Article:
You know you`re in Japan when you are at a mall, in the food court, and you can leave your bags and coats on chairs to save your spot, and no one moves or touches them. I love how safe this place is....everything is incredibly tiny, the food portions, the people, the stairs...but it`s safe! We took an investigator to lunch on Saturday, she`s 12 and really soft spoken. We asked her what she wanted to eat and she wanted Subway. So we were standing in line and she looked kind of nervous so I asked her if she wanted something else and she said, `We should probably save seats first.`
Her English is amazing. She lived in Australia for 2 years when she was 9. She also speaks Chinese and Korean because of her mother, and of course Japanese too. I was surprised when she said that because I would NEVER leave my stuff on a chair without someone watching it in America, but she`s from Japan so I decided to trust her. We found some seats and left our stuff only taking our wallets with us. When we got back 15 minutes later with our food everything was…right where we left it! Thank goodness for good, honest people. Japanese people are great in that way!
This week all our teaching appointments kept falling through. We`d start the day with about 3 appointments and slowly one at a time, they would fall through. So when you have no lessons and nothing else to do, you find. Our mission goal this week was to get 400 people to church for Fast Sunday. So we invited every person we came in contact with to come to church. In order to get a lot of people at church we decided to target families. So we made a 2 minute message we could share with people as we housed and testify about how the church strengthens families, and then we would invite them to church. So we housed for hours and hours and finally this guys came to his door (which is rare. They usually have ping pong boxes and you speak with them through it like a phone so they don’t have to let you in) and we started our message. He asked if we were talking about religion and we answered yes. Then he said, `not interested.` We asked why and he said it`s because he was buddhist. We asked him why he was buddhist. He was totally thrown off guard. He didn`t even know why he was Buddhist! After a few minutes he finally managed to say, `Oh, because my parents were.`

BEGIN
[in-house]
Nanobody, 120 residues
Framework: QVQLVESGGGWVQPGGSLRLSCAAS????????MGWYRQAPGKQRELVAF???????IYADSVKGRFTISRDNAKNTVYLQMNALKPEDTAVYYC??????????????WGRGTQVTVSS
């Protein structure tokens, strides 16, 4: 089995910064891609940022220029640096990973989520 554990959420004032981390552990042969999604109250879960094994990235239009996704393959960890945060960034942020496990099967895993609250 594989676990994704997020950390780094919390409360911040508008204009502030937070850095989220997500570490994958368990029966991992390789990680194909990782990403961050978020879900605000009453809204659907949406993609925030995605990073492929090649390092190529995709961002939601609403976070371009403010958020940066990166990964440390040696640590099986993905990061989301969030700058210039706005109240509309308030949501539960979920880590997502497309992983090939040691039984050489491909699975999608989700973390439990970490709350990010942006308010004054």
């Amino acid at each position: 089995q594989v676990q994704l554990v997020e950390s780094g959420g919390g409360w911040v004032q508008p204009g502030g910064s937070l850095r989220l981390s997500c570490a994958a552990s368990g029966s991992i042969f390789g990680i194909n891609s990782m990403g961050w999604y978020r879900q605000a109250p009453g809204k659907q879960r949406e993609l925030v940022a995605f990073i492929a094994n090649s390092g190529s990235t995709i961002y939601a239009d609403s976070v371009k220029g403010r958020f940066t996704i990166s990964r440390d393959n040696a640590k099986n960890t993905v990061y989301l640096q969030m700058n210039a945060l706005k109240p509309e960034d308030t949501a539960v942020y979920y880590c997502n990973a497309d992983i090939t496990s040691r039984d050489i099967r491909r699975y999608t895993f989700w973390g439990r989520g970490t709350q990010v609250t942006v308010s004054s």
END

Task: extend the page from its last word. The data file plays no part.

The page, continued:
He ended up not accepting our invitation to church, but it was an interesting experience nonetheless. It wouldn`t be enough just to say I was a member of the Church of Jesus Christ of Latter-day Saints, `because my parents were.` Every single one of us needs to exercise faith and be diligent in nurturing our own testimonies, no matter how small or how young we are, so that we know who we are, what we believe and why we believe it.
The next day when we went finding, we were riding down a really sketchy looking street by Japanese standards. We were trying to find the nicer newer homes but we took a wrong turn and rode past this old woman trimming her trees. She saw us and as always, we said hello. She flagged us down and asked us to look at her trees. We hopped off our bikes and parked. She took us around her house pointing out all these things and saying names of plants. It`s at times like that when I wish I had paid a lot more attention to Dad, his green thumb, and his love of gardening. I had no idea what she was talking about! I just smiled and nodded like I always do. She took us to the front of her house by her front door, (culture tip: Nihon jin are VERY private people. They like their space. You usually can never get to their front doors.) so I was feeling kind of thrown off because most people wouldn`t take you this close to their house, and she started picking fruit off her trees and giving it to us. Colter Shimai and I looked at each other totally bewildered. We had no idea what was going on. Colter`s a 4th transfer I`m a 3rd, so we don`t yet know much of the vocabulary this woman was using. Then she ran into her house and told us to follow her! We walked in and took a seat on the floor. She came back out with more fruits and little paper cranes. She started telling us about her life and how she was an English teacher at a high school 40 years ago. She then taught us how to make paper cranes. We just talked and laughed and ate fruit with this stranger in her house. She was kind. We invited her to church but she said she would be busy. We exchanged numbers and she asked us to visit again soon. Before this we had been housing for a long time and we had been biking for a while, too. It was a tender mercy from the Lord to give us a small break and let us chat with a really sweet old lady. We left her house so pumped to find more sweet people like her!
Just like last week, this week we worked really hard to invite as many people to church as possible (and you remember how that turned out). When sacrament started Colter Shimai and I had 7 new people there!!!!! The Elders had 5! Not bad, haha. Today we found out we almost hit our mission goal, as a whole our mission brought 396 people to church yesterday!!!! I`ve really seen how the Lord will bless us if we`re diligent. When we do all within our power, the Lord will make up for the rest.
Thank you fam for the package!!! American toothpaste is waaaayyy better than japanese toothpaste. I`ve been listening to the Ambassadors CD morning and night ever since I got it. I loved all the letters...Pua and Becca and Normz`s letters were awesome! Ah, girl power! I am always uplifted when I get letters from you guys. Sifa`s letter was funny as always, too. Girl power, jk. Well, I hope the best for everyone at home, especially Grandpa. Get better, Gramps! Harry, I promise to get around to writing you soon okay, bud?
Love you all!